“The overdose awareness event has touched a lot of our lives,” says Jenna. “Being Tulalip and having it affect you personally, you want to do something to prevent it from happening, but also spread awareness and education – the signs of withdrawal and overdose symptoms; and anything you can, to be available to the community. I think everything that happened at that event was healing, educational and informing for the community and that’s what we’re here for. I’ve been here my whole life and never seen such an amazing program. I think it will affect every aspect of people’s lives from young parents to elderly. I think that this is a key piece to integral health and making the community healthy again.”

To receive assistance from the Tulalip Community Health Department, one must be registered to receive care from the Karen I. Fryberg Health Clinic, a member of a federally recognized tribe and a current resident of Snohomish County. For further information, please contact the Tulalip Community Health Department at (360) 716-5622 or visit them at their new building at 7615 Totem Beach Road Tulalip WA, 98271.

Tulalip Heritage High School Receives Accreditation

By Kalvin Valdillez, Tulalip News 

Tulalip Heritage High School recently received accreditation through AdvancED, an accrediting agency comprised of educators who conduct on-site external reviews of Pre K-12 schools. The education accreditation procedure is a yearlong voluntary process in which a school becomes a certified institution by meeting a set of external standards of quality. Due to successfully completing the process, Tulalip Heritage has been granted accreditation for the next five years.

Tulalip Heritage was previously accredited under Marysville-Pilchuck, the recent accreditation now recognizes Heritage as its own school and by doing so, the high school has the opportunity to thrive on its own, as well as provide a fresh outlook for potential students and their families. On the evening of Wednesday August 30, Tulalip Heritage celebrated their accreditation with the Tulalip community at the Francis J. Sheldon Gym.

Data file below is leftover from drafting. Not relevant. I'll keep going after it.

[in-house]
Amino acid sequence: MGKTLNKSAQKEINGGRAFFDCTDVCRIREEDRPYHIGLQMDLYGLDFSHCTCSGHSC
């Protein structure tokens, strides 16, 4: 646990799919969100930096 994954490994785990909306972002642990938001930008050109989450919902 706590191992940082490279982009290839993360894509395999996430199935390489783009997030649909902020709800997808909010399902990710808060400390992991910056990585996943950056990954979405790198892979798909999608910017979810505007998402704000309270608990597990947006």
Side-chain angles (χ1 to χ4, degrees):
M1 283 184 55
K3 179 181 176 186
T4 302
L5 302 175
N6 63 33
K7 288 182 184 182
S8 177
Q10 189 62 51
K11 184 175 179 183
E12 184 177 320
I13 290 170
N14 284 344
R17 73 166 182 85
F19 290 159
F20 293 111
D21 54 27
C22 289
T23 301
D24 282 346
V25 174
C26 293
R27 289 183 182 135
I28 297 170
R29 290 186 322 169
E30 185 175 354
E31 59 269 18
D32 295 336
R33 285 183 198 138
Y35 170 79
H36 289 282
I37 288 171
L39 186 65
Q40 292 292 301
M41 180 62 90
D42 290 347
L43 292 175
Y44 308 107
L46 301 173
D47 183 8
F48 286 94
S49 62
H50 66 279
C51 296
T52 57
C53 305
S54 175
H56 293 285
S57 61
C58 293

“It’s really a huge accomplishment for us, as a school, to receive this accreditation,” states Tulalip Heritage High School Principal, Shelly Lacy. “We’re accredited through AdvancED, they have accredited over 34,000 schools nationally and we actually scored ten points higher than their average. A lot of times we hear in the community that Tulalip Heritage is an alternative school, that we’re less than. This accreditation tells them no, we meet the same standards; as a matter of fact, we exceed those standards.

Tulalip Heritage High School Principal, Shelly Lacy.

“It took us a year to get ready,” she continues. “[AdvancED] were at our school for three days and spent over a week looking at all of our data. They came in and did interviews with the students, parents and staff; and also observed the classrooms. We learned a lot through the process, [the accreditation] is good for five years and is an ongoing process where we continue to work with them to improve our instruction so that we make sure that our students receive the best education that they can receive.”

The accreditation celebration allowed parents and students a chance to fill out paperwork for the upcoming school year. Heritage also provided dinner, a spaghetti-bar buffet by Olive Garden, as well as entertainment as many Tulalip Heritage Alumni took to the basketball court to compete in a full four-quarter game against the current Heritage High School student-athletes.

“When we thought about celebrating the accreditation, we wanted to include all of our alumni because they are who made our school important. They came and did their best work here and then they continue to come back. They come back to support the athletes, they come back to volunteer at our school. So, we wanted to make sure we included them and the best way is through their love to play sports.